*Includes quotes about both men's lives and careers.
*Includes bibliographies of both men.
*Includes a table of contents.
Virtually all famous actors are regaled by the public, but even still, Fred Astaire occupies a privileged position in American pop culture. The specific films in which Astaire acted may not be especially famous in their own right – most people likely cannot recall the title of Top Hat (1935), his most decorated film – but Astaire’s dancing prowess invariably creates a lasting impact on viewers. Instead of tying his fame to a single film, Astaire’s genius lay in constructing his star persona around a specific set of iconographic imagery that has become embedded within American culture. Across his films, the recurring iconic images of the top hat, cane, and coat tails, as well as the image of Astaire dancing with Ginger Rogers, all constitute a timeless symbol for elegance that continues to captivate viewers who are unfamiliar with the plots of his films. There have been other film musical actors who were proficient dancers, Gene Kelly chief among them, but none were able to perform with the seamless elegance of Astaire, and none have been remembered nearly as well.
Astaire’s popularity can in large part be tied to the escapism that his films offered to impoverished Depression-era American audiences, and yet Astaire was a working man, albeit one who labored in the studios of Hollywood rather than the factories of America. Considering the quiet life that he led off the movie set, it can be difficult to disassociate Astaire from his films, and while he may have attempted to project the same image off the screen, the era and his personal background were extremely important. As someone who was born just before the start of the 20th century, Astaire’s life sheds light on the developments that occurred in American entertainment, from the stage (where he first performed during his youth) to cinema (the site of his greatest triumphs) and finally to television (a medium Astaire entered at the end of his career.) Astaire’s career tends to obscure his all-American success story, one in which hard work transformed a Nebraska boy from a working-class family into America’s most prominent symbol of grace.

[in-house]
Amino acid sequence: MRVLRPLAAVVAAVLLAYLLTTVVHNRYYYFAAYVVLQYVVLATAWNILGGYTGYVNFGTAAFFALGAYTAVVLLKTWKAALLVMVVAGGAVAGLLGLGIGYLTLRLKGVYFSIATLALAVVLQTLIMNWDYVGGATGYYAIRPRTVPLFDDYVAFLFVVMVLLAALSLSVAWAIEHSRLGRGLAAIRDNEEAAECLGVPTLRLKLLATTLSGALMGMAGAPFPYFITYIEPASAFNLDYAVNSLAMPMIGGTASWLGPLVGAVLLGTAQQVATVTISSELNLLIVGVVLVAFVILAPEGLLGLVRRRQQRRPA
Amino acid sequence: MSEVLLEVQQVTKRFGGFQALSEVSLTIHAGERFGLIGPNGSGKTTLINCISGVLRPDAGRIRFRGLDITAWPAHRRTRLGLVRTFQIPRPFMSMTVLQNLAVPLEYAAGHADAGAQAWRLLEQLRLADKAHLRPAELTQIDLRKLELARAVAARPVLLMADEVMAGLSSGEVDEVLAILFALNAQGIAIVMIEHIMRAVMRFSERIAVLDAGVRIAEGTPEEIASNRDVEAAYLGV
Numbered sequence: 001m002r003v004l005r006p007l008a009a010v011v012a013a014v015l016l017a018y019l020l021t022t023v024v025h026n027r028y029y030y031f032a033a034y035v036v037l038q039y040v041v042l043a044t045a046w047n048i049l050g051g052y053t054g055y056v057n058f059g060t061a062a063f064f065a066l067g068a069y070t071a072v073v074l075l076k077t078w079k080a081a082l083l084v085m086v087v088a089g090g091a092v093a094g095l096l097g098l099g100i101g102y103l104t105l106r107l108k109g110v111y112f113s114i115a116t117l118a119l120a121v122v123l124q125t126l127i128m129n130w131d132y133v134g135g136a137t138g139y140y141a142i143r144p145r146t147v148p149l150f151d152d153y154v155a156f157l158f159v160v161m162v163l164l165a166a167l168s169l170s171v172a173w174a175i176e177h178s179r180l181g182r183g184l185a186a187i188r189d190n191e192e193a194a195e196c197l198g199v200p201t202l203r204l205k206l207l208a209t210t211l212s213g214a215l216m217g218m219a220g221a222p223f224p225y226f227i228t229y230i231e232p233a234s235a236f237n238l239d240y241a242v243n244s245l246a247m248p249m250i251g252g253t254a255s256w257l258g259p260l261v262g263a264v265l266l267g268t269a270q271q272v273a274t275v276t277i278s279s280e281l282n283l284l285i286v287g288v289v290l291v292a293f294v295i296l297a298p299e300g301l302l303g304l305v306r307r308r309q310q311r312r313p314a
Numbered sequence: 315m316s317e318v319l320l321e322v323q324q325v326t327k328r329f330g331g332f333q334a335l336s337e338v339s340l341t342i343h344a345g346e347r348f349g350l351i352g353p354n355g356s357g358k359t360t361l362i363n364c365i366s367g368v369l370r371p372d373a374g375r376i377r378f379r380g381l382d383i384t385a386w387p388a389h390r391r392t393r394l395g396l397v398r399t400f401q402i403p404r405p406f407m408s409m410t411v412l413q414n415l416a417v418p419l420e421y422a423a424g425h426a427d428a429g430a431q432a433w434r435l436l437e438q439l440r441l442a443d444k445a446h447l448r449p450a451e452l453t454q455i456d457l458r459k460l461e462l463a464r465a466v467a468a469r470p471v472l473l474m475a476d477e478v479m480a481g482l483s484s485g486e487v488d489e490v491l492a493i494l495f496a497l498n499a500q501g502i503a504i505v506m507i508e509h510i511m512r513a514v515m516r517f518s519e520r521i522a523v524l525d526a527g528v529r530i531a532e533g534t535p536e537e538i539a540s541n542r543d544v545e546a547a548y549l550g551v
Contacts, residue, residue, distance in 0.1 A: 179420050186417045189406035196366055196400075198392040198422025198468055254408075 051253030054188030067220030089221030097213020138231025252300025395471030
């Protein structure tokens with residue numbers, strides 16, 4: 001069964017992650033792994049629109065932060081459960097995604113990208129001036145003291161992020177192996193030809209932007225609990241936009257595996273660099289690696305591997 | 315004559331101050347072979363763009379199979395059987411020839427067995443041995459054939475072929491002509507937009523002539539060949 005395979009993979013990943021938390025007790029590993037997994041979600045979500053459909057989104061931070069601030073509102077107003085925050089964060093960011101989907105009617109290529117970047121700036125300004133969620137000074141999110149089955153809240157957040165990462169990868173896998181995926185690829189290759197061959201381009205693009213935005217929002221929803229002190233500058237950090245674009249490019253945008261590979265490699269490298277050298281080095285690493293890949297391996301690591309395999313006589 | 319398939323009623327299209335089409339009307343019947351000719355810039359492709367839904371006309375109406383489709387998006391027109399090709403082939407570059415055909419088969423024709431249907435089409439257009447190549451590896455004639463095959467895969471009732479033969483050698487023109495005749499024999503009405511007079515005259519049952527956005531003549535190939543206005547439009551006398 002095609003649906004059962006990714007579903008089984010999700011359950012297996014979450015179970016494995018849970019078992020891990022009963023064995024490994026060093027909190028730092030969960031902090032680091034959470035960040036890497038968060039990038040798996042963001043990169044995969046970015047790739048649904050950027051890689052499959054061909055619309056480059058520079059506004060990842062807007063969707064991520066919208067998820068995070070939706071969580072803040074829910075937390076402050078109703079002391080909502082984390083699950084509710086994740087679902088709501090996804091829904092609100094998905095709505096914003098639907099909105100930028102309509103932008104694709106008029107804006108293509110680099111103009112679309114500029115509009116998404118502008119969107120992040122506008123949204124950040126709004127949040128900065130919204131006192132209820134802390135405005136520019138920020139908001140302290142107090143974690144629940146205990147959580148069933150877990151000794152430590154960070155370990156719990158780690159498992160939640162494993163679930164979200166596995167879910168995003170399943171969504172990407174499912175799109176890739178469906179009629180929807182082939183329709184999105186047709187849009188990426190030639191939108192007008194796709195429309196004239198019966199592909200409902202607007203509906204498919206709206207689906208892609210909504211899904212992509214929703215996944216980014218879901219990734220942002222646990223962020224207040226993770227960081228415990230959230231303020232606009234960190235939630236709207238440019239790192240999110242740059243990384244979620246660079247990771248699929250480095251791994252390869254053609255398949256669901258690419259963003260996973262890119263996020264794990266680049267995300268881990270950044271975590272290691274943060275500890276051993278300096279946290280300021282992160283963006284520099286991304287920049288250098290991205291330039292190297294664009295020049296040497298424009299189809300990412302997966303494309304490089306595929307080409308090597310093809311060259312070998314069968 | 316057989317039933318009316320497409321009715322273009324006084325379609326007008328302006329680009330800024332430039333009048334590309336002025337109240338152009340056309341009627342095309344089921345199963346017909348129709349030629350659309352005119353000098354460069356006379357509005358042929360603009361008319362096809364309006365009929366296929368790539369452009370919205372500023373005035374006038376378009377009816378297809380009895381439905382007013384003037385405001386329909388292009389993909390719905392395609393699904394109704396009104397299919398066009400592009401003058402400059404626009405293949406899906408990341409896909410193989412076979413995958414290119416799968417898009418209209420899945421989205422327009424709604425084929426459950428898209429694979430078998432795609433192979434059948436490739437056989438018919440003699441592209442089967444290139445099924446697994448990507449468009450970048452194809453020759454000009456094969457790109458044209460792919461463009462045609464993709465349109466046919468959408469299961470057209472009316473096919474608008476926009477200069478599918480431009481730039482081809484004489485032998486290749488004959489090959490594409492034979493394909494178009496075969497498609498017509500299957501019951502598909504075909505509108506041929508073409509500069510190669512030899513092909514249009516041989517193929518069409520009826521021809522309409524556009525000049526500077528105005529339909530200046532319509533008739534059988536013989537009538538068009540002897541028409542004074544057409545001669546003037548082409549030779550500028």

Although they did collaborate on two occasions, in many ways Gene Kelly’s rise to popularity in the 1940s amounted to a changing of the guard, because Astaire’s career had begun to wane by the mid-1940s. For film historians and fans of the musical, however, even if they weren’t contemporaries, Astaire and Kelly will forever be viewed as rivals, with each having left an indelible stamp on the genre that defined their careers. Regardless of which dancer viewers film, there is no denying the cultural significance of some of Kelly’s most famous films, including An American in Paris (1949) and Singin’ in the Rain (1952), movies that occupy a central position within the pantheon of Hollywood musicals.
While it is true that a comparison between Astaire and Kelly is indispensible to any study of Kelly’s life, much can also be gained simply by focusing mostly on his life and career. What made Kelly unusual for actors of that era is that he did not actually arrive in Hollywood until he was nearly 30 years old, so his early life and work before film had a crucial influence on his star image. Furthermore, given that he came to prominence after Astaire, Kelly’s career offers a valuable lens through which to chart the evolution of the musical genre, as well as a look at the prevailing standards of masculinity within Hollywood at the time.
Fred Astaire and Gene Kelly examines the lives and careers of two of Hollywood’s most iconic dancers, tracing their rise to stardom and the forces within Hollywood and American popular culture that would ultimately lead to the end of their careers.
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